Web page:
The Building Coder

Roomedit3dv3 Up and Running with Demo Recording

I completed the roomedit3dv3 project:

Before I get to that, I should also mention that the Forge webinar series session 5 is being held today, by Albert Szilvasy, on the Design Automation API.

You can register by clicking here.

Forge Webinar Series 5 – Design Automation API

Recordings, presentations and support material of the past sessions are available for viewing and download:

Upcoming sessions continue during the remainder of the Autodesk App Store Forge and Fusion 360 Hackathon until the end of October:

Quick access links:

Feel free to contact us at at any time with any questions.

Back to the room editor:

Roomedit3dv3 Forge extension in action

Enhancements to the Forge Node.js Boilerplate Code

Roomedit3dv3 builds on Philippe Leefsma's Forge node.js boilerplate samples, adding a few simple enhancements in order to demonstrate interactive movement of BIM element instances in the Forge viewer and updating the Revit model accordingly in real time via a broadcast.

The additional enhancements include:

I created a new Forge app for the production version, set up its PROD environment and deployed to Heroku with no major issues.

Everything went well, as you can see below in my description of the Revit add-in adaptation and test run.

Here is are all the nitty-gritty details on choosing a suitable starting point and adapting the boilerplate code for my needs:

Now that the web server part is complete, let's test it from Revit:

RoomEditorApp Revit Add-in Update

The broadcast is picked up by the Roomedit3dApp Revit add-in and applied to the Revit model just like in previous versions.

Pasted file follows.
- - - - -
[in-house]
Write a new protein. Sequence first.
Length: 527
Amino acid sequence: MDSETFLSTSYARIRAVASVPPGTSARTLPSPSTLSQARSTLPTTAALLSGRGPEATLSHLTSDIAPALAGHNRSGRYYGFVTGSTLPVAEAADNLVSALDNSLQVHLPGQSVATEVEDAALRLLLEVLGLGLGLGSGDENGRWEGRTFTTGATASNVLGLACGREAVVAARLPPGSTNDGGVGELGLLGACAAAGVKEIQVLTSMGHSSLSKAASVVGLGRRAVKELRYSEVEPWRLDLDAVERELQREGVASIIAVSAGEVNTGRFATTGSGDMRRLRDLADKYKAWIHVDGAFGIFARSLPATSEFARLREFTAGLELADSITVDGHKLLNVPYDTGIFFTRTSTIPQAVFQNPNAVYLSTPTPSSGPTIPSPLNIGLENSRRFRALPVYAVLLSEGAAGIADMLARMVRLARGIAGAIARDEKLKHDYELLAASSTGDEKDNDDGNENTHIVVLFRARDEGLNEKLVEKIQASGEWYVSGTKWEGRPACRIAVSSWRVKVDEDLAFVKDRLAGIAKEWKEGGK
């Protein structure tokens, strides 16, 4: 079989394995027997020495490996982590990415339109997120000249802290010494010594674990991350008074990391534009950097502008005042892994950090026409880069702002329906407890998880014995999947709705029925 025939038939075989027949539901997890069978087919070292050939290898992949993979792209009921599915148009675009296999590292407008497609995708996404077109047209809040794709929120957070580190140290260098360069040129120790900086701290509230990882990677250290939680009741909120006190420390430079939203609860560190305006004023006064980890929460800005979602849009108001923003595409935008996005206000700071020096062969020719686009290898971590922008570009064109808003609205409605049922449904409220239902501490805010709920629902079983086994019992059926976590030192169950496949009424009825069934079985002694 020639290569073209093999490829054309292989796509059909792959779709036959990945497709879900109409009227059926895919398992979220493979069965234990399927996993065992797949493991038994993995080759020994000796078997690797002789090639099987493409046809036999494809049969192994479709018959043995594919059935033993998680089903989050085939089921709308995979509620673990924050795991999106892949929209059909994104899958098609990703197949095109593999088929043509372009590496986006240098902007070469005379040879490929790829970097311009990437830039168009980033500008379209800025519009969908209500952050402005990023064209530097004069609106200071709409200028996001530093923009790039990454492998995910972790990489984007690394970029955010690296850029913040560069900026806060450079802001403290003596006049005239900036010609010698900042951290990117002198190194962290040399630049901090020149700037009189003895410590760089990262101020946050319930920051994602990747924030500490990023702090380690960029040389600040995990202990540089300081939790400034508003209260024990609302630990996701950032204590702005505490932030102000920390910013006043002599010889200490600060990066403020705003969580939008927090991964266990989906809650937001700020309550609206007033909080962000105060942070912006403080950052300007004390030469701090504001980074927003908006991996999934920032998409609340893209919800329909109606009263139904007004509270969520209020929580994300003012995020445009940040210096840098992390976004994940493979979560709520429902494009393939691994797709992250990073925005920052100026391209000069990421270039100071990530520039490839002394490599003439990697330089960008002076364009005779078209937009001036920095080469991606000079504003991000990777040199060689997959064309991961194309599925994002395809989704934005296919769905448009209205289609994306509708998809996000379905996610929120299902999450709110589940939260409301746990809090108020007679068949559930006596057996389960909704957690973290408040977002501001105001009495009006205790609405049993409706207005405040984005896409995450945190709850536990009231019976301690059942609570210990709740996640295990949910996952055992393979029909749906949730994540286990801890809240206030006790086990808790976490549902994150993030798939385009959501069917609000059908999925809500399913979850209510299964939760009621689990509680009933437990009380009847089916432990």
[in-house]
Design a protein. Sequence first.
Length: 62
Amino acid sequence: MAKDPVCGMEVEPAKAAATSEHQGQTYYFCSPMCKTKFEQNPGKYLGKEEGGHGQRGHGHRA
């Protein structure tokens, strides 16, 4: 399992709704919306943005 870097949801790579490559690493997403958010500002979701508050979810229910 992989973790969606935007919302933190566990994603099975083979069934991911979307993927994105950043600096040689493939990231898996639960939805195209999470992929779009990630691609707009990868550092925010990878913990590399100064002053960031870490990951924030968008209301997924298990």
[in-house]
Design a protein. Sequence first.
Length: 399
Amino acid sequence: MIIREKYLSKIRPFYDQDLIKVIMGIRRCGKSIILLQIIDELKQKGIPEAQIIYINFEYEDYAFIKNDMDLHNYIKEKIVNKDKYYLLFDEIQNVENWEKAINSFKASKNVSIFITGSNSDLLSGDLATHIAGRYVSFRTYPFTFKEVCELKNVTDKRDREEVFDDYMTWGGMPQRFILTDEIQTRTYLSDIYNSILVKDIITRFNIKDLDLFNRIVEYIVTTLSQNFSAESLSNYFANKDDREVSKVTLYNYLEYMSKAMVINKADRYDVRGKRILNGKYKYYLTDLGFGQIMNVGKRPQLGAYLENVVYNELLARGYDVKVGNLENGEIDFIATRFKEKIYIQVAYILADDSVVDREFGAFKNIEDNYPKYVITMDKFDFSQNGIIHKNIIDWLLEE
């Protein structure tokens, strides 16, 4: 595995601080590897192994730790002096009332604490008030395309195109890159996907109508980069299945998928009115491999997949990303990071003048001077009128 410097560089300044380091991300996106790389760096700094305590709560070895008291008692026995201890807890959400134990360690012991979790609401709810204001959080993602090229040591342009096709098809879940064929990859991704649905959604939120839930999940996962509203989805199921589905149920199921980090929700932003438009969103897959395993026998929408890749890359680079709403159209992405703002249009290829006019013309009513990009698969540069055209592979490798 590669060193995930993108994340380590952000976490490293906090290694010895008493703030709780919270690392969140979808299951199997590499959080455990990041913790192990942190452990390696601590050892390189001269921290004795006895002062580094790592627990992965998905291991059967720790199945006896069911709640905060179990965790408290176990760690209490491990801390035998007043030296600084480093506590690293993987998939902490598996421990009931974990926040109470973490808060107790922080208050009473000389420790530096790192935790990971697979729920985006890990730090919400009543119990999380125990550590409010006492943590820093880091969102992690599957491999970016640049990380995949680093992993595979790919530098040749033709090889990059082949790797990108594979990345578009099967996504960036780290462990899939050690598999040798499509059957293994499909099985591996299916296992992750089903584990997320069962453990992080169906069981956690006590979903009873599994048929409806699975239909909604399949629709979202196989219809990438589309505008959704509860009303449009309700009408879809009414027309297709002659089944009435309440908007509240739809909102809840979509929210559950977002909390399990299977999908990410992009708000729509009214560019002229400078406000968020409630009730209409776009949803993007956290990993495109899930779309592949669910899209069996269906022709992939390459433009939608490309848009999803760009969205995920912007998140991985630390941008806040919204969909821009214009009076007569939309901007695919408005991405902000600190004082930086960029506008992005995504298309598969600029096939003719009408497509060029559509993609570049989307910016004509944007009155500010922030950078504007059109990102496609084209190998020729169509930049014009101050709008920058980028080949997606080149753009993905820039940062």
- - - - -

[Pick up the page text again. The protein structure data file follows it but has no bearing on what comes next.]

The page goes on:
All I had to do was update the URL.

I also added a check for the correct Revit project document and a valid element UniqueId, since the viewer extension might be running in any number of instances for various users at the same time, and no information is currently added to the broadcast to tell which Revit model is being edited by who.

Therefore, in the current implementation, you might be bombarded with millions of transform messages from all the thousands of different users playing with this simultaneously worldwide.

Thus the importance of checking whether the notification you just received really does apply and can be applied to your current document.

Here is the new BimUpdater.Execute method implementation that hopefully takes care of that:

/// <summary>
/// Execute method invoked by Revit via the 
/// external event as a reaction to a call 
/// to its Raise method.
/// </summary>
public void Execute( UIApplication a )
  Debug.Assert( 0 < _queue.Count, 
    "why are we here with nothing to do?" );

  Document doc = a.ActiveUIDocument.Document;

  // Ensure that the unique id refers to a valid
  // element from the current doucument. If not, 
  // no need to start a transaction.

  string uid = _queue.Peek().Item1;
  Element e = doc.GetElement( uid );

  ifnull != e )
    usingTransaction t = new Transaction( doc ) )
      t.Start( GetName() );

      while( 0 < _queue.Count )
        Tuple<stringXYZ> task = _queue.Dequeue();

        Debug.Print( "Translating {0} by {1}",
          task.Item1, Util.PointString( task.Item2 ) );

        e = doc.GetElement( task.Item1 );

        ifnull != e )
            doc, e.Id, task.Item2 );

I tagged the new Roomedit3dApp version release 2017.0.0.6.

Roomedit3dv3 Demo Recording

With everything up and running smoothly, I created a ten-minute demo recording on the Roomedit3dv3 Revit BIM Autodesk Forge Viewer Extension:

To summarise, it demonstrates real-time round-trip editing of Revit BIM via the Autodesk Forge Viewer using Roomedit3dv3, which implements a Forge Viewer extension to move building elements and update the Revit BIM in real-time using

You can easily deploy your own version of it to Heroku with one simple button click, cf. the instructions in the GitHub repository, or test run my own web personal server instance directly at

Further Samples Connecting Desktop and Cloud

I continue testing and documenting the other samples connecting the desktop and the cloud for the RTC Revit Technology Conference Europe in Porto, each consisting of two components, a C# .NET Revit API desktop add-in and a web server:

All is still looking good so far.